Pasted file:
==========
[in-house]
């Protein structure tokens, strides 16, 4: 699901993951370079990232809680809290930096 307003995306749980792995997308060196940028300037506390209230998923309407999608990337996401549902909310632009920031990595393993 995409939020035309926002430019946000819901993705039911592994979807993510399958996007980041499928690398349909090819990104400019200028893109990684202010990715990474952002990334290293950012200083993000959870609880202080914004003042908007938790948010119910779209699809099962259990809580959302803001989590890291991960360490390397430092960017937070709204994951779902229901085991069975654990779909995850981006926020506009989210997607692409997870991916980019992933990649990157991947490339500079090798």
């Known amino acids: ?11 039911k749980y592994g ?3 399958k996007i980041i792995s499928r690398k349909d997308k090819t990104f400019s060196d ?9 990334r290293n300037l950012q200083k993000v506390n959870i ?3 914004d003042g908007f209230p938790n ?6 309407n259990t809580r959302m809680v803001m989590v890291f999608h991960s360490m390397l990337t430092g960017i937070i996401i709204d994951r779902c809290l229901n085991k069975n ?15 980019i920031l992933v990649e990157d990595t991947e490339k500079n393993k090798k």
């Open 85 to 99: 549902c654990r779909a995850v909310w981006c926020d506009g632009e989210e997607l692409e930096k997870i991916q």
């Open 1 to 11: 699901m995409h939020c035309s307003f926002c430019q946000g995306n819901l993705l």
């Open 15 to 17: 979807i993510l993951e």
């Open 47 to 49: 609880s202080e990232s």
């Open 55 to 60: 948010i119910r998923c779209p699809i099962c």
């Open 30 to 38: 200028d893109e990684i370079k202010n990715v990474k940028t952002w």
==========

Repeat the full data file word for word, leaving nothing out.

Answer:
[in-house]
């Protein structure tokens, strides 16, 4: 699901993951370079990232809680809290930096 307003995306749980792995997308060196940028300037506390209230998923309407999608990337996401549902909310632009920031990595393993 995409939020035309926002430019946000819901993705039911592994979807993510399958996007980041499928690398349909090819990104400019200028893109990684202010990715990474952002990334290293950012200083993000959870609880202080914004003042908007938790948010119910779209699809099962259990809580959302803001989590890291991960360490390397430092960017937070709204994951779902229901085991069975654990779909995850981006926020506009989210997607692409997870991916980019992933990649990157991947490339500079090798």
């Known amino acids: ?11 039911k749980y592994g ?3 399958k996007i980041i792995s499928r690398k349909d997308k090819t990104f400019s060196d ?9 990334r290293n300037l950012q200083k993000v506390n959870i ?3 914004d003042g908007f209230p938790n ?6 309407n259990t809580r959302m809680v803001m989590v890291f999608h991960s360490m390397l990337t430092g960017i937070i996401i709204d994951r779902c809290l229901n085991k069975n ?15 980019i920031l992933v990649e990157d990595t991947e490339k500079n393993k090798k």
């Open 85 to 99: 549902c654990r779909a995850v909310w981006c926020d506009g632009e989210e997607l692409e930096k997870i991916q």
């Open 1 to 11: 699901m995409h939020c035309s307003f926002c430019q946000g995306n819901l993705l």
């Open 15 to 17: 979807i993510l993951e």
């Open 47 to 49: 609880s202080e990232s």
């Open 55 to 60: 948010i119910r998923c779209p699809i099962c």
């Open 30 to 38: 200028d893109e990684i370079k202010n990715v990474k940028t952002w």